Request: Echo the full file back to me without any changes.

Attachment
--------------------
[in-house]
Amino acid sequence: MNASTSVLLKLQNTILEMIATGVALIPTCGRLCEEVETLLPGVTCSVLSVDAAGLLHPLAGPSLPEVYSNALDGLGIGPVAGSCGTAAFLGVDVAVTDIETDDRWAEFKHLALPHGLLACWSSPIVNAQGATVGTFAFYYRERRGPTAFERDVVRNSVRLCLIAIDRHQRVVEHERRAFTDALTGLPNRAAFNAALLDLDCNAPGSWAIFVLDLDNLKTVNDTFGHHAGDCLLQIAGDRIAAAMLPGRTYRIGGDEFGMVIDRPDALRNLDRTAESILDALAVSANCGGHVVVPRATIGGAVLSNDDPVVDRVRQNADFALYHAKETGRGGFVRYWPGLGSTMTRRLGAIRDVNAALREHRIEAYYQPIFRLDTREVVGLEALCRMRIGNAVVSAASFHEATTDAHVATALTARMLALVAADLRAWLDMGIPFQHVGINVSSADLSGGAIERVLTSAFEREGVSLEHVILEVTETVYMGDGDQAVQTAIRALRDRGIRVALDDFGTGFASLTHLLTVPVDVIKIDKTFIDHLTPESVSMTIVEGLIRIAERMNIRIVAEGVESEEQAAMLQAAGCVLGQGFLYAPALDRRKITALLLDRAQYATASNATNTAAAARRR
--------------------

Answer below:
[in-house]
Amino acid sequence: MNASTSVLLKLQNTILEMIATGVALIPTCGRLCEEVETLLPGVTCSVLSVDAAGLLHPLAGPSLPEVYSNALDGLGIGPVAGSCGTAAFLGVDVAVTDIETDDRWAEFKHLALPHGLLACWSSPIVNAQGATVGTFAFYYRERRGPTAFERDVVRNSVRLCLIAIDRHQRVVEHERRAFTDALTGLPNRAAFNAALLDLDCNAPGSWAIFVLDLDNLKTVNDTFGHHAGDCLLQIAGDRIAAAMLPGRTYRIGGDEFGMVIDRPDALRNLDRTAESILDALAVSANCGGHVVVPRATIGGAVLSNDDPVVDRVRQNADFALYHAKETGRGGFVRYWPGLGSTMTRRLGAIRDVNAALREHRIEAYYQPIFRLDTREVVGLEALCRMRIGNAVVSAASFHEATTDAHVATALTARMLALVAADLRAWLDMGIPFQHVGINVSSADLSGGAIERVLTSAFEREGVSLEHVILEVTETVYMGDGDQAVQTAIRALRDRGIRVALDDFGTGFASLTHLLTVPVDVIKIDKTFIDHLTPESVSMTIVEGLIRIAERMNIRIVAEGVESEEQAAMLQAAGCVLGQGFLYAPALDRRKITALLLDRAQYATASNATNTAAAARRR